Tag: WWII

Good morning.  I know you are all puzzled about why you have been invited here today. All will become clear very soon.

But first of all I must tell you that what you learn today may surprise, shock and even horrify you. I ask only this: listen and try and reserve judgement until you have had a chance to process what you hear. This will not be easy. (More…)

After watching Dunkirk, you’ll likely spend some time silently processing the film. The interwoven timelines, the high pressure soundtrack and the constant threat of death can easily captivate the viewer. (More…)

The career of the Defendant Rosenberg embraced the entire history of National Socialism and permeated nearly every phase of the conspiracy. In order to obtain a full conception of his influence, it is necessary to review his political history, and to consider his political activities which stretches from the inception of the Party in 1919 to the defeat of Germany in 1945. (More…)

If Mecca is the most holy site in Islam, Germany assumes a similar significance for fascists. So ferocious were the talkbacks on right-wing websites following Monday’s attack on a Berlin Christmas market, it was as though a pig had been set loose in a mosque. (More…)

In his magisterial War Without Mercy, John Dower convincingly describes how prewar anti-Japanese feelings were driven by populist American fears of Japanese immigration and actual military contingency planning, though military planners consistently underestimated the Japanese in racist terms. (More…)

It rained yesterday morning. The first rain of winter. The air was sharp, cold and grey. The grey light of days gone by. The wet street a deep blue-black. The grey of winter recalls what I have left behind. (More…)

It ought to be a positive. To have their situation constantly referred to as “the worst crisis since World War II,” today’s refugees ideally ought to be shown the courtesy accorded to persons engulfed in a similar disaster. Why not invoke that era? Aside from the scale of the crisis, it should be an immediate guarantee of empathy, because Europeans all know what the last global conflict was like. (More…)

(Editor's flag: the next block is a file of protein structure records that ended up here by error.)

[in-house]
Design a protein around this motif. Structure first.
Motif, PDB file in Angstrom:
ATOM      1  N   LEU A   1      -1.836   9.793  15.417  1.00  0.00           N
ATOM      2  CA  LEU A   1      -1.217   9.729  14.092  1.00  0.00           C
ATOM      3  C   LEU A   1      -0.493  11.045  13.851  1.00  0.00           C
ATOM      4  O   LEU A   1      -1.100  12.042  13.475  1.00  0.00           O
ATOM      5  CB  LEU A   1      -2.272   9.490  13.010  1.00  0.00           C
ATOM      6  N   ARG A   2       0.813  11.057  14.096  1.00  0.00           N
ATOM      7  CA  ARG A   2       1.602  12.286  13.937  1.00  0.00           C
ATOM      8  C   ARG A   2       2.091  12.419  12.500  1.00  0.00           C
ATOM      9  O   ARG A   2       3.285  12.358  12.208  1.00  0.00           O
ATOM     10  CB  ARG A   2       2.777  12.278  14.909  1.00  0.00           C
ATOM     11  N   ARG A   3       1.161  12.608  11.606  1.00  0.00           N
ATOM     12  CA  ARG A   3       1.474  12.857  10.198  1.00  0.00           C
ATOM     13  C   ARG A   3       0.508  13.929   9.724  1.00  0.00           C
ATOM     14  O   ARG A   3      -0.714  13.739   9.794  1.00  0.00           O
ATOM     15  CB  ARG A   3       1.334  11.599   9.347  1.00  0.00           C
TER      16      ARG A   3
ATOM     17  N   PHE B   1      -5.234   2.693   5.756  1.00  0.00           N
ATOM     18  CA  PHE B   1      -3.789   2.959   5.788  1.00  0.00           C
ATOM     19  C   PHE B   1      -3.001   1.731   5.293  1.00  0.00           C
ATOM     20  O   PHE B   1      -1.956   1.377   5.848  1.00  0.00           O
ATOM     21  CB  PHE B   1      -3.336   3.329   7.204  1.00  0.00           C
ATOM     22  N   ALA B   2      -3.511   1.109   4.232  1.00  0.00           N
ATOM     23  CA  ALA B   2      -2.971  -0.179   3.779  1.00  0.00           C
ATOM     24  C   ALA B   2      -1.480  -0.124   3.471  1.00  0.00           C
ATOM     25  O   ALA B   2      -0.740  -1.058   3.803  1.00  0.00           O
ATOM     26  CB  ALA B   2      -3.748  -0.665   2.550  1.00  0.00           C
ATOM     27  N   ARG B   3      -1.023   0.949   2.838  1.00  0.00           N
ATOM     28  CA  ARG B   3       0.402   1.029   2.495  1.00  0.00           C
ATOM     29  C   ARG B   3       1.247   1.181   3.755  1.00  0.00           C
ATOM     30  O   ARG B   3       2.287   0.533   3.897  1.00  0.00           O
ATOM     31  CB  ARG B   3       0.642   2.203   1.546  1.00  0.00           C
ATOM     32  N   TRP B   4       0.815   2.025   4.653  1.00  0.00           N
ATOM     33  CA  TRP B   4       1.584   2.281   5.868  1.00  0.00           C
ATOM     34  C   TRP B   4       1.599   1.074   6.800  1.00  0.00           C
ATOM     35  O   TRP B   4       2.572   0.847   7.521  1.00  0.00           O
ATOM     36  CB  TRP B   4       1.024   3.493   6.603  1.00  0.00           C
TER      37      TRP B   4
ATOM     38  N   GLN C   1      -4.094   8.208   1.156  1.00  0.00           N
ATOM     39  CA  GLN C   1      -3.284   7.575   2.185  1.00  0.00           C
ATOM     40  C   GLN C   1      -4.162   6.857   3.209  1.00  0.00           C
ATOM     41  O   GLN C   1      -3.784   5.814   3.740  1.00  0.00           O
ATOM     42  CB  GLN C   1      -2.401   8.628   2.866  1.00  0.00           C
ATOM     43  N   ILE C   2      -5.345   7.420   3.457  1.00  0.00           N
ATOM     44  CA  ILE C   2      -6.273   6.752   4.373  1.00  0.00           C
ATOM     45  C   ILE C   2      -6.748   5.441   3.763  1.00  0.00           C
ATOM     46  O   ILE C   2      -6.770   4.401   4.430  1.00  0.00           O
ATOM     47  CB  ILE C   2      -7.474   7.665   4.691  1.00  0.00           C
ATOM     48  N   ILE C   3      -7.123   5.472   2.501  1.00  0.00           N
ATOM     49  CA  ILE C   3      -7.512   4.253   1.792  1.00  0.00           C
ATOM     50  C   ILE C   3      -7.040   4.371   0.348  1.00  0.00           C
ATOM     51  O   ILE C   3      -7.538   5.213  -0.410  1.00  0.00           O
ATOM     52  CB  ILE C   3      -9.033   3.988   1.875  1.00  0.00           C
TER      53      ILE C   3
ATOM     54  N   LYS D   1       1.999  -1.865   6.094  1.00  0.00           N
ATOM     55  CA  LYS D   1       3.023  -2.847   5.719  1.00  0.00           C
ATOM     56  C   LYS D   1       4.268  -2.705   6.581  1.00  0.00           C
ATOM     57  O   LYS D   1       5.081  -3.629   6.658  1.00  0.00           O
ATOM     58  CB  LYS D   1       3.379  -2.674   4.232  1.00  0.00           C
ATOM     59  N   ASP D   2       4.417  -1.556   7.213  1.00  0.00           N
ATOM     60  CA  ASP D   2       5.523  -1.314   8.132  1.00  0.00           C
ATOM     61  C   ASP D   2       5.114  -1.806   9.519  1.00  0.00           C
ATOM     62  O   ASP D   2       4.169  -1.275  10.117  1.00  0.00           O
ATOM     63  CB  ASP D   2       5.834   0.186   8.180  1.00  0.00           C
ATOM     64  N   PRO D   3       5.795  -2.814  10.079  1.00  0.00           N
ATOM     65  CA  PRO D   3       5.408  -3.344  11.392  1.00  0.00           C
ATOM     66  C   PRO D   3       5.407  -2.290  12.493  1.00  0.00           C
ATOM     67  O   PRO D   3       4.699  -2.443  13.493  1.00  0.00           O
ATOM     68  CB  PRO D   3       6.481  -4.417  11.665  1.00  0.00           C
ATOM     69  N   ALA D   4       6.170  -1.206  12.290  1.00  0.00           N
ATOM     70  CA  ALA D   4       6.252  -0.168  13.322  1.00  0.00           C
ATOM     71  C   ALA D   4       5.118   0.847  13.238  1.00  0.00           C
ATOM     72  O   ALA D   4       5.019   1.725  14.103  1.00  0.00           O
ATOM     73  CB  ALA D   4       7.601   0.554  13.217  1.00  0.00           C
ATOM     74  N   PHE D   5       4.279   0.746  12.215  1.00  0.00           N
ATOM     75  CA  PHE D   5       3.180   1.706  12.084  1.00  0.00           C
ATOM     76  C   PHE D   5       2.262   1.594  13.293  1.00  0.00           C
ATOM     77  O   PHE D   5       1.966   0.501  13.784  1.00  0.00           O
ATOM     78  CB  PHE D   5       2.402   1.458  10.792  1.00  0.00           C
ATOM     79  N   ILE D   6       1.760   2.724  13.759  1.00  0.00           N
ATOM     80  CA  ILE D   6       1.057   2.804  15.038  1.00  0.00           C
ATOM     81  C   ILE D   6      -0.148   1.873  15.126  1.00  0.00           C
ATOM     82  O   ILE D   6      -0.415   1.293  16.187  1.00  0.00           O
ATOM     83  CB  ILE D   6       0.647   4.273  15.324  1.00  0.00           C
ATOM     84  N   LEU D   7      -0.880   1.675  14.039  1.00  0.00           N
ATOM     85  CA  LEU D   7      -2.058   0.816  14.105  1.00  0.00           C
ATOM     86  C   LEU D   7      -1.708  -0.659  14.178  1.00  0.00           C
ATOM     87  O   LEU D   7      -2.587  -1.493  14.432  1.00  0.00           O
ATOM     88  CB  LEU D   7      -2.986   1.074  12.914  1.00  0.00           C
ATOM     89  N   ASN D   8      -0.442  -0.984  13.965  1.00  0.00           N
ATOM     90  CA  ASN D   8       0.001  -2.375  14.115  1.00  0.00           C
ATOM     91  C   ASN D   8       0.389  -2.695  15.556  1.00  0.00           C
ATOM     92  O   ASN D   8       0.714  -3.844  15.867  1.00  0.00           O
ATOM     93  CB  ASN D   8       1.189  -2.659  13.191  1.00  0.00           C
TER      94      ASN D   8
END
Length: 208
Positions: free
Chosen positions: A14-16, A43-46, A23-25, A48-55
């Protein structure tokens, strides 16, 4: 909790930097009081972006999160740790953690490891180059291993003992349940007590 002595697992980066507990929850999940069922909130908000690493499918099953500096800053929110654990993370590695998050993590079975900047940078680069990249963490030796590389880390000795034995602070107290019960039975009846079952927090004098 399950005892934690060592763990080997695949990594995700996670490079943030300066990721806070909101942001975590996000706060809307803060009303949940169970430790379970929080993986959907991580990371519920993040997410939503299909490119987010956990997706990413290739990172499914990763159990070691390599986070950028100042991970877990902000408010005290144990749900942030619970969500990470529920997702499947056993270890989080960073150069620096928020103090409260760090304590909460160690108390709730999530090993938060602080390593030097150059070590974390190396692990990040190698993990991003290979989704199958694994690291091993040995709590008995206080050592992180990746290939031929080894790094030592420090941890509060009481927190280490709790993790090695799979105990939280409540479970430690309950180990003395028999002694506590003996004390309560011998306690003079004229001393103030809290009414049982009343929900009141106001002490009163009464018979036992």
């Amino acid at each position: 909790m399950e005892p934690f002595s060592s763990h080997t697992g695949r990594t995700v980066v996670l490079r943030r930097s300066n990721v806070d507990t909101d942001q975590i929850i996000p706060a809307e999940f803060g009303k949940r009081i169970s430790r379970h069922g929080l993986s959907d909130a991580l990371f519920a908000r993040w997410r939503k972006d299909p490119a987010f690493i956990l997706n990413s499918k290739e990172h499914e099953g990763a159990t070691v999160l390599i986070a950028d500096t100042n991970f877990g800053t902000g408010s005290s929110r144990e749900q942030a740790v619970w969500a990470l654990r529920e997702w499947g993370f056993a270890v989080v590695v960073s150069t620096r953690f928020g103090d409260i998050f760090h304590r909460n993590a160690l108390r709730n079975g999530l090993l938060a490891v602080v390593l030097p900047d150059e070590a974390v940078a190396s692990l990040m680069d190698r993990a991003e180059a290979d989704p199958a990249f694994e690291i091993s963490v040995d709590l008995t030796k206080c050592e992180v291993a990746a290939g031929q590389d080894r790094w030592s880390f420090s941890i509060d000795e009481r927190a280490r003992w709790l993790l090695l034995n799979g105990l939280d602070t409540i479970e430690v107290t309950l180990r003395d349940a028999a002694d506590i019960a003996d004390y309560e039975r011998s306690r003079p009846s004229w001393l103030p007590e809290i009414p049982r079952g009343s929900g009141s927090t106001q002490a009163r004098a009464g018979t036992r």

Few countries agonize more about sending their troops to war than Germany. That doesn’t prevent foreign deployments, however. German forces have been sent abroad for over twenty years nows, beginning with the war in Bosnia. But the ongoing debate highlights the persistence of pacifism in the country, crossing political boundaries in a manner unheard of in the United States. Given German history, one can understand why. (More…)

Jerusalem for hipsters. San Francisco in exile. New York, when it was still cool. Berlinistan, to its Middle Eastern inhabitants. Poor but sexy, according to its former mayor. The German capital is many things to many people, the majority of reasons of which are decidedly unglamorous. For a major European city, it’s still relatively inexpensive. (More…)

By 1948, black troops, for so long limited to a few job categories, could be found in a majority of military occupational fields. The officer corps was open to all without the restrictions of a racial quota, and while a quota for enlisted men still existed, all racial distinctions in standards of enlistment were gone. (More…)

The most important trend in recent historiography of the Cold War has been an expansion in interest in subjects outside tthe politico-military, and the economic. Twenty years ago, when Heide Fehrenbach published Cinema in Democratizing Germany, the perception that cultural issues were secondary was still widespread among scholars (particularly historians) of the postwar era. (More…)

He was running across our rows for the first time. He was creating a new block out of us, the “zugangs” (new arrivals.) He was seeking, among unknown people, some men to keep order in the block. Fate willed it that he chose me, he choose Karol Swietorzecki (a reserve officer of 13th cavalry regiment,) Witold Rozycki (a good fellow from Warsaw,) and several others. (More…)